LBJ and Much More

December 16, 2004 | 11 books mentioned 2 min read

Patrick Brown, one of my old bookstore compatriots, is now living in Iowa, a circumstance that affords him a lot of reading time. Here are his favorite reads of the year:

coverNon-Fiction (and Best overall for the year): Means of Ascent: The Years of Lyndon Johnson, Vol. 2 by Robert Caro. This biography, which is one part Western, one part Shakespearean political tragedy ala Richard III, is among the best books I’ve ever read. In 1948 Lyndon Johnson ran a do-or-die campaign for the US Senate against the most popular man in Texas political history — former governor and all-around-bad-ass Coke Stevenson. It really must be read to be believed.

Rounding out the top five non-fiction books are (in order): Master of the Senate (part 3 of the LBJ series), Blood Horses: Notes of a Sportswriter’s Son by John Jeremiah Sullivan (a dreamy, meandering ode to horse culture and fatherhood), The Path to Power (part 1 of the LBJ series), and Vermeer in Bosnia by Lawrence Weschler.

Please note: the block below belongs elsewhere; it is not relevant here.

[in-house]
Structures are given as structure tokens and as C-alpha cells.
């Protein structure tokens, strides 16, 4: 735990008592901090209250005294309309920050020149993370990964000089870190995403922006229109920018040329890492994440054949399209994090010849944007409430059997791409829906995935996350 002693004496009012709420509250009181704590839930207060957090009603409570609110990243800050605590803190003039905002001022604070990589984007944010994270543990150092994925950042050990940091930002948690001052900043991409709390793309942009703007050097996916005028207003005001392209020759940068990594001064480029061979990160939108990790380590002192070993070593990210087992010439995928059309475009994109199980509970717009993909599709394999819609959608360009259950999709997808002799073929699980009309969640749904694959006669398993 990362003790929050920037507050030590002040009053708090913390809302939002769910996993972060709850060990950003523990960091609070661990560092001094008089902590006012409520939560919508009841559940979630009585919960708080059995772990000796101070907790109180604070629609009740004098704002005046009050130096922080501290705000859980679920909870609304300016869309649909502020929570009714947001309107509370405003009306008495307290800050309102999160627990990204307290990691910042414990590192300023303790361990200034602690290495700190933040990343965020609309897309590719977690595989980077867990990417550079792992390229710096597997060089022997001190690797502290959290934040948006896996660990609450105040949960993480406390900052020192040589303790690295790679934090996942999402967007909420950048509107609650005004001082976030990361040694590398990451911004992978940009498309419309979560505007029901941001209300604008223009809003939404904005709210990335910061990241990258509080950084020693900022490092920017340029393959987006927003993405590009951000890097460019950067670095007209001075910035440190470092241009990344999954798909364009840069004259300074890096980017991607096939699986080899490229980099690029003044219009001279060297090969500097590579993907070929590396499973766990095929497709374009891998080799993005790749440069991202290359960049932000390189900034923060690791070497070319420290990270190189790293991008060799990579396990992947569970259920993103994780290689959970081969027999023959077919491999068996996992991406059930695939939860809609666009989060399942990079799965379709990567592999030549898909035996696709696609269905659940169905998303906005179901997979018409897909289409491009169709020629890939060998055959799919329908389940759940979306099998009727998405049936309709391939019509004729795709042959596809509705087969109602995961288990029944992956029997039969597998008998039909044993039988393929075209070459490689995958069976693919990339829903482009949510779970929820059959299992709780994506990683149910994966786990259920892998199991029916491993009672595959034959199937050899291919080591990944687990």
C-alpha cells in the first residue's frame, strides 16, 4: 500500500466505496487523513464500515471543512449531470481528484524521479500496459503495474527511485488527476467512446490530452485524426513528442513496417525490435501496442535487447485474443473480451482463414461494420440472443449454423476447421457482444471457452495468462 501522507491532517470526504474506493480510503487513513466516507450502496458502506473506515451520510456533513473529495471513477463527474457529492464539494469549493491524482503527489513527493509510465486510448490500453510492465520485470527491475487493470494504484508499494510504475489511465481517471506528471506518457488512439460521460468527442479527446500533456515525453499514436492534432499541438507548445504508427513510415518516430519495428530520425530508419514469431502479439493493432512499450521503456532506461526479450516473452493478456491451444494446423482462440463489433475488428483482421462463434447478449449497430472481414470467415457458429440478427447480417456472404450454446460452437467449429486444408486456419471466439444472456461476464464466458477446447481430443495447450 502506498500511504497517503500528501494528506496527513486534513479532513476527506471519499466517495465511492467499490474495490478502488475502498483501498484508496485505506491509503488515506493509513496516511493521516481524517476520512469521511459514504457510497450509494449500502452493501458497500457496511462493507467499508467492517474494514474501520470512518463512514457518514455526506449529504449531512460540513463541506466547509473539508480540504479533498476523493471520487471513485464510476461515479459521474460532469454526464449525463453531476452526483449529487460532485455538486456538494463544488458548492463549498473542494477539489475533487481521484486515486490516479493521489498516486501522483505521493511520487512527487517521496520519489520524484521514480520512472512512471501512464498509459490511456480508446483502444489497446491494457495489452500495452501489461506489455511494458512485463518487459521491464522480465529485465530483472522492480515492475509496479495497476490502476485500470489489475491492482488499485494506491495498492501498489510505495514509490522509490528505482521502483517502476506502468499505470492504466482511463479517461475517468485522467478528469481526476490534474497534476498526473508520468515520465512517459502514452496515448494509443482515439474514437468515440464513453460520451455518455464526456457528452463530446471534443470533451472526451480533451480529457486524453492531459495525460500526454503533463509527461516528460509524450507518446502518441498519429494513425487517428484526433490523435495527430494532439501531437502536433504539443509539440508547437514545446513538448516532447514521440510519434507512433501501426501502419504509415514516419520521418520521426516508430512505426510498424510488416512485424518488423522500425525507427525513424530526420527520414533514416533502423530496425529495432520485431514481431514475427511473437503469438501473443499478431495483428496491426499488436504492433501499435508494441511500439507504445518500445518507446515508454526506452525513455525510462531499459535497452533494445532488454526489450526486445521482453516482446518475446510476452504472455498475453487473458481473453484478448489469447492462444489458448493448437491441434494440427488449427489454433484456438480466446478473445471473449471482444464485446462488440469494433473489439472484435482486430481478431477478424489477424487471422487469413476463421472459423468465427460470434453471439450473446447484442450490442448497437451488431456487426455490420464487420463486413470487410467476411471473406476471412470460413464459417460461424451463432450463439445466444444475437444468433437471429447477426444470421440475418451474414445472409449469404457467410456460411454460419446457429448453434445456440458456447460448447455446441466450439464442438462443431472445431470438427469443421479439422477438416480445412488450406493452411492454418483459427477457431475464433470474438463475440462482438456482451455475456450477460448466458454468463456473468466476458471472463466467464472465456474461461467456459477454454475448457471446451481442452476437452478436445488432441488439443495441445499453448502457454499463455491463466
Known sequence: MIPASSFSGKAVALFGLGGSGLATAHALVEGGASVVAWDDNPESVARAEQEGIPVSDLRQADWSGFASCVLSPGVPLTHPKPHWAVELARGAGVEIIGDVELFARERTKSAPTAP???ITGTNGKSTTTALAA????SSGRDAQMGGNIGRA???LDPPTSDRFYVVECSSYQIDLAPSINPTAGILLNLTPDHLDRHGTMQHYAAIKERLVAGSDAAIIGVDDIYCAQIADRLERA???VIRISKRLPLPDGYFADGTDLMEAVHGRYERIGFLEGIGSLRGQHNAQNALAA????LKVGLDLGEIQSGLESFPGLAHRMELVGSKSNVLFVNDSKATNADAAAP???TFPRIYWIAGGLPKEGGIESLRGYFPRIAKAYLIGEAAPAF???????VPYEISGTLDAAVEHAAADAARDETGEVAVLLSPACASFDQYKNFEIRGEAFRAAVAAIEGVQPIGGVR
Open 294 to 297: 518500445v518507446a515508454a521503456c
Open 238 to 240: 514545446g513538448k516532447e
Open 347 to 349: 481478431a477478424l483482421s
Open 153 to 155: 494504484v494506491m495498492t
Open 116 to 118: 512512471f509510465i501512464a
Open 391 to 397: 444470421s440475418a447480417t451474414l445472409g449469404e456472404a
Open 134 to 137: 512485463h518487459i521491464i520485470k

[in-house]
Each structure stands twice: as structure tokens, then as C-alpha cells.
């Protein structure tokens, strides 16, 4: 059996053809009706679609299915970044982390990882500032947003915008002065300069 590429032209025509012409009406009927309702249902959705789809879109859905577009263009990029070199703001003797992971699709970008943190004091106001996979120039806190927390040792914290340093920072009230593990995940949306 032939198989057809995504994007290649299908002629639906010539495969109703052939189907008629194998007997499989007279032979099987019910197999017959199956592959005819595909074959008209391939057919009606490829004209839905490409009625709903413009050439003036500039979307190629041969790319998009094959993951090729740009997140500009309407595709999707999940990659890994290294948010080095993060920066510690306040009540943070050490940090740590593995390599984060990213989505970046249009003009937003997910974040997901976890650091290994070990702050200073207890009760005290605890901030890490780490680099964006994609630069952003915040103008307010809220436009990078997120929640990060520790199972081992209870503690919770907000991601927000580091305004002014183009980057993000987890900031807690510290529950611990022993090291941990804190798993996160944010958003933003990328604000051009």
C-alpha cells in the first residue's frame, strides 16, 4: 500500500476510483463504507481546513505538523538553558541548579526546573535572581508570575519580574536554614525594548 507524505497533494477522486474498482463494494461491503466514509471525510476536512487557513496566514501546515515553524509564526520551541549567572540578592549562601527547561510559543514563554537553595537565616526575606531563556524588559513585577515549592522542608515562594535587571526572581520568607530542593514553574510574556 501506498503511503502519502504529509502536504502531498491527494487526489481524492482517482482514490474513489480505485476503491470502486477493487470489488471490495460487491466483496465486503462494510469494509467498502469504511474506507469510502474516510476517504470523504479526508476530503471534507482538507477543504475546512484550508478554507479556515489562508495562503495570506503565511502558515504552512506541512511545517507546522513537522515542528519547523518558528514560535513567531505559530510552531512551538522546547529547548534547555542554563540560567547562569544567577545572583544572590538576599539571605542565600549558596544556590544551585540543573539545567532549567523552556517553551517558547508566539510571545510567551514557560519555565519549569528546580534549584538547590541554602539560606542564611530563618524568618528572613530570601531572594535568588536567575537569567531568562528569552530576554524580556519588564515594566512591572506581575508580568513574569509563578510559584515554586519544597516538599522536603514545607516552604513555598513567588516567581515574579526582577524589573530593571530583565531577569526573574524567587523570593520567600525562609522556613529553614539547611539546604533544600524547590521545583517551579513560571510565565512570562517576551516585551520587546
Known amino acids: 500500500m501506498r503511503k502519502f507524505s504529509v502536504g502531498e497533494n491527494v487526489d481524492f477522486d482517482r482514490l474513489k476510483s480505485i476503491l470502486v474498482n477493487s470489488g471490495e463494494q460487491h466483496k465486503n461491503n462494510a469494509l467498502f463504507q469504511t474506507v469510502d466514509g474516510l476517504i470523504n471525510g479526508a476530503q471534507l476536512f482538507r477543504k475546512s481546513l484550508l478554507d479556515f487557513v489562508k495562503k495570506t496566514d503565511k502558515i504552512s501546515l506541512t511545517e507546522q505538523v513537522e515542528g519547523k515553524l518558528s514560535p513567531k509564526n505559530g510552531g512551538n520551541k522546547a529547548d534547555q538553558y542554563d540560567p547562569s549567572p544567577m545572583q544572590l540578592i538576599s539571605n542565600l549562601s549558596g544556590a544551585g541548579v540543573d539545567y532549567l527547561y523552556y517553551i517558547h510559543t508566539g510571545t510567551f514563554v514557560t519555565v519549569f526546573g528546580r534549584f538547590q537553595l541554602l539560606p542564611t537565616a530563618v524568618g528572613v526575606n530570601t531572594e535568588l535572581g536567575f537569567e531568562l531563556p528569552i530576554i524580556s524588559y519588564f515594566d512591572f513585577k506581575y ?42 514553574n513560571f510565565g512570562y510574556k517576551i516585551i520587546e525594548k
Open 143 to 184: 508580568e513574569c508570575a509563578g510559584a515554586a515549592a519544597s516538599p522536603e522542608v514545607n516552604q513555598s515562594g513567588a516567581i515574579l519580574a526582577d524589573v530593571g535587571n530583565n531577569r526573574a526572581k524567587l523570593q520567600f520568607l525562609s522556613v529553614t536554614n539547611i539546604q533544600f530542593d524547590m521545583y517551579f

coverBest Fiction I’ve read this year: Morte D’Urban by JF Powers. While not as off-beat or quite as funny as Powers’s other novel Wheat That Springeth Green, Morte D’Urban succeeds in being an entertaining and tender novel about a priest who’s ambition to take over his dying religious order’s leadership lands him in rural Minnesota. Like Wheat That Springeth Green, the book is a conversion tale of sorts. Don’t let the subject matter scare you away.

The rest of the top fiction 5: Any Human Heart by William Boyd, Our Man in Havana by Graham Greene, Jimmy Corrigan by Chris Ware, and You Remind Me of Me by Dan Chaon. I haven’t been reading enough new fiction. Shame on me.

I’ve embarked upon my annual holiday excursion to the East Coast. Sporadic posting is likely but all possible effort will be made to keep The Millions rolling along.

created The Millions and is its publisher. He and his family live in New Jersey.

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